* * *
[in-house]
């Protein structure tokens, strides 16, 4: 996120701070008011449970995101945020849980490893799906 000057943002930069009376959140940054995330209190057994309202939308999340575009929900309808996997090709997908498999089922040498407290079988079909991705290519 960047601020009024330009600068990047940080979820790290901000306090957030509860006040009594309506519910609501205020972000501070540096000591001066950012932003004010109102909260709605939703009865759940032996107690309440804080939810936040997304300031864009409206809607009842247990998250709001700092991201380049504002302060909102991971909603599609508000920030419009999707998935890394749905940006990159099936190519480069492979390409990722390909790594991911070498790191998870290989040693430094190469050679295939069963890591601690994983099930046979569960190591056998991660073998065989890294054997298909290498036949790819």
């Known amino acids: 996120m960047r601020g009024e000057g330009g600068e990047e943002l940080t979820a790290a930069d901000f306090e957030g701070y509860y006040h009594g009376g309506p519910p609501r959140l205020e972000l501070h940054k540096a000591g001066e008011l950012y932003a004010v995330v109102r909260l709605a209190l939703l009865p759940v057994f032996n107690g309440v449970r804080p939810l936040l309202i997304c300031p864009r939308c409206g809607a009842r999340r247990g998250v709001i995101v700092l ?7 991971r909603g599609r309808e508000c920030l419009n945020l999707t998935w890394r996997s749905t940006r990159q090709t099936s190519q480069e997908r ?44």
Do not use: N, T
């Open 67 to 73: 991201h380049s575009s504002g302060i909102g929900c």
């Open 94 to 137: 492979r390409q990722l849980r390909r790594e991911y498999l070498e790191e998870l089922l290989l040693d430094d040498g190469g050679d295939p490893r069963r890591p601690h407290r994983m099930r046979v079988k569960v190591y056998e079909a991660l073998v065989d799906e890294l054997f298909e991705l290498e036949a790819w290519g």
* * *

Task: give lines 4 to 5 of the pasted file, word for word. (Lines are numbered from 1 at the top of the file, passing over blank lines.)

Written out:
Do not use: N, T
């Open 67 to 73: 991201h380049s575009s504002g302060i909102g929900c």